Do any of these sound familiar to you?

WHAT I’VE LEARNT IN MY PURSUIT OF PERFECTION

I’ve learnt so many lessons in my life-long pursuit of perfection, particularly since I became a mum when my commitments are greater and I’m conscious that my children follow and learn from my example.

Here are some of the lessons I learnt:

  • Life is a journey, no experience is ever wasted, whether you finish or not, whether you achieve 100% or not
  • Every challenge is a learning opportunity about life and about ourselves
  • It’s not just the final destination that matters but learning (and failing) teaches us just as much
  • Don’t give up on something because it’s not going perfectly, you’ll have gained something even if you didn’t achieve it to your perfectionist standards
  • Consider the drain on your emotions when you’re constantly trying to achieve perfection, running on adrenaline and putting yourself at risk of total burnout. Is it worth it and what would be the impact on you and your family?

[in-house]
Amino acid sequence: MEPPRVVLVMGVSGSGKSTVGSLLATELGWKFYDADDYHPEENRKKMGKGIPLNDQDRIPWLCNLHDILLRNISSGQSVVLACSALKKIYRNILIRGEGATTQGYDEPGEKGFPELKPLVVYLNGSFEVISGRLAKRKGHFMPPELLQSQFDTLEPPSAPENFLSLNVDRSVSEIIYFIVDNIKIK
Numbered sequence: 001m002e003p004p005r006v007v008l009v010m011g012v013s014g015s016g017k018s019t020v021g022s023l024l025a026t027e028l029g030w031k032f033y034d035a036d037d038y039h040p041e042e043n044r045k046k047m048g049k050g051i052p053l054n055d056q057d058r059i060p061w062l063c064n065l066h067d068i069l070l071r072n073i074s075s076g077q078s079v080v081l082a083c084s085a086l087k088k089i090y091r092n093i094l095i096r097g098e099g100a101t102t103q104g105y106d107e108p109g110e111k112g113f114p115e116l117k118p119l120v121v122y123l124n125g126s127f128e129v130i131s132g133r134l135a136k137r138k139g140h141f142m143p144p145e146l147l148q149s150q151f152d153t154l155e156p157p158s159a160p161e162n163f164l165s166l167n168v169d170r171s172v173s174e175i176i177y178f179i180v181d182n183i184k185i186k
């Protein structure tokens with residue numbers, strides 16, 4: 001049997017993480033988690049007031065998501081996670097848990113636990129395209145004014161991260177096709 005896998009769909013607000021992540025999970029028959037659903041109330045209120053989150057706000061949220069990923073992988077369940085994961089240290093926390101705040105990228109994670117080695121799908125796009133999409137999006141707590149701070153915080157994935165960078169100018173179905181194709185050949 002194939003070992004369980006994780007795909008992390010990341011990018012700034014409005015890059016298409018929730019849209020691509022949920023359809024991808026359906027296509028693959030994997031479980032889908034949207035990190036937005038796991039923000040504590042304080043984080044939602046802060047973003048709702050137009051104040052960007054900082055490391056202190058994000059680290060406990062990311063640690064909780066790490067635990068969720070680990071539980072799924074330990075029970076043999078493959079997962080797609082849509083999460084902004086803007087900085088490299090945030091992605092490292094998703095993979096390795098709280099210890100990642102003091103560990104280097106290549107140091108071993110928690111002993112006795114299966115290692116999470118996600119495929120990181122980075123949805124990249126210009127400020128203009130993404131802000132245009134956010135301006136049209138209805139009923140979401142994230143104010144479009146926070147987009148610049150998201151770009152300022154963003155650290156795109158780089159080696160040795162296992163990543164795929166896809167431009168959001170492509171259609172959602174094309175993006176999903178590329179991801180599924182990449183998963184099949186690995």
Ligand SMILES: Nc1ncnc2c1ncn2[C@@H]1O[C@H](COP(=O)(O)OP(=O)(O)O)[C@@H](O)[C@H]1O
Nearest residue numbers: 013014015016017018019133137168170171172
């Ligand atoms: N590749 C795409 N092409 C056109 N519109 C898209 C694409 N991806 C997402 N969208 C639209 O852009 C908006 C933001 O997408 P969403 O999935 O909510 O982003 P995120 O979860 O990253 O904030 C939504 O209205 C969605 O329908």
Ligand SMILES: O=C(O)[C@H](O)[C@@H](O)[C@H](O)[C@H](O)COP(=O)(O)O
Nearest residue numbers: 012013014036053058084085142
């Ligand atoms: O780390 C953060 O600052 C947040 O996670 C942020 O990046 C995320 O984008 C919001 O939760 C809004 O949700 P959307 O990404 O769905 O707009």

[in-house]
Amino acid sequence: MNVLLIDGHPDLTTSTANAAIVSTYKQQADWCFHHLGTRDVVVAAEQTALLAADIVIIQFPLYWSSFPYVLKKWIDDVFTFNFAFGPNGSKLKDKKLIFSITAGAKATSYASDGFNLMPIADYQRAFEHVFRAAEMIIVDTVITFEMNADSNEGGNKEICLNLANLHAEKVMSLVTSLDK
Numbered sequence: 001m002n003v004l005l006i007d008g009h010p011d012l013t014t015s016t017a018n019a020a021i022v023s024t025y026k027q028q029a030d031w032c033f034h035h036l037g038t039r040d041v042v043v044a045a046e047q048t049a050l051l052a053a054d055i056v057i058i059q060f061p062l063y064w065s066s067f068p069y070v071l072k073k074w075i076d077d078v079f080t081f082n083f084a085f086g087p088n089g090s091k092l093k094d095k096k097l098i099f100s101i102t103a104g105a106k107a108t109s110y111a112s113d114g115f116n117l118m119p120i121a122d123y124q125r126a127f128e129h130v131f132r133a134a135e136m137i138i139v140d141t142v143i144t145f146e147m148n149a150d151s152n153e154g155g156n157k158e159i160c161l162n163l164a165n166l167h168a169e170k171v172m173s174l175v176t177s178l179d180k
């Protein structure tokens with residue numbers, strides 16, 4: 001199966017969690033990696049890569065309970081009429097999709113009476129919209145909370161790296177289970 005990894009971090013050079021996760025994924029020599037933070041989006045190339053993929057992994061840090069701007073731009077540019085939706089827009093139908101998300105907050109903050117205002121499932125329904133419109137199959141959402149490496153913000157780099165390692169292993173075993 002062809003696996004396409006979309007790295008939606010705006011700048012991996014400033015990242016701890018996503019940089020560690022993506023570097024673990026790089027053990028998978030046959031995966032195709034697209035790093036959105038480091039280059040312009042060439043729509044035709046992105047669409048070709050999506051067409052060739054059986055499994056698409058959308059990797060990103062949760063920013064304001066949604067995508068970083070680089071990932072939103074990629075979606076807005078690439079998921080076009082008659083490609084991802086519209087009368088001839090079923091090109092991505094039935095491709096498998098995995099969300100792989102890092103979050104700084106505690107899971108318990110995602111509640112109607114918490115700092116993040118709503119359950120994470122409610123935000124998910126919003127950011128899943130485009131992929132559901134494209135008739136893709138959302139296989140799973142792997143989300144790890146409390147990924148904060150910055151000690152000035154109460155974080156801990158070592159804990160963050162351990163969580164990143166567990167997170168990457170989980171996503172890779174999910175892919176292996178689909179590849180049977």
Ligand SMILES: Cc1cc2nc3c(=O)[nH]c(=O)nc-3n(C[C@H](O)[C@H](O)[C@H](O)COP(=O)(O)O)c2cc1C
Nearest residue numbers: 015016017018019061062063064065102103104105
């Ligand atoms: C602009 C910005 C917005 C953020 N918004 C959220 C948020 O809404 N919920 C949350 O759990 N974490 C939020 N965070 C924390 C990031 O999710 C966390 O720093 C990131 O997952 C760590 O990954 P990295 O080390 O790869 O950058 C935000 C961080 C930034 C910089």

• What happens when it goes wrong? Do you plunge into despair and beat yourself up because it’s something you’ve done wrong? What about if it’s actually nothing to do with you but instead down to other factors beyond your control or that you couldn’t foresee?
  • Does it really matter if you’re perfect or does anyone else even notice? For example, who cares if your home has a bit of dust. Will anyone notice but you? Surely visitors are there to see you, not your home!
CHANGING YOUR PERFECTIONIST MINDSET

Come to terms with the fact that you can’t be in control or a perfectionist about every single part of your life.

It’s virtually impossible to prioritise everything in your life or on your to do list.

If you have to be a perfectionist because that’s at the core of who you are, then why not pick one or two things with which you can try to attain near perfection?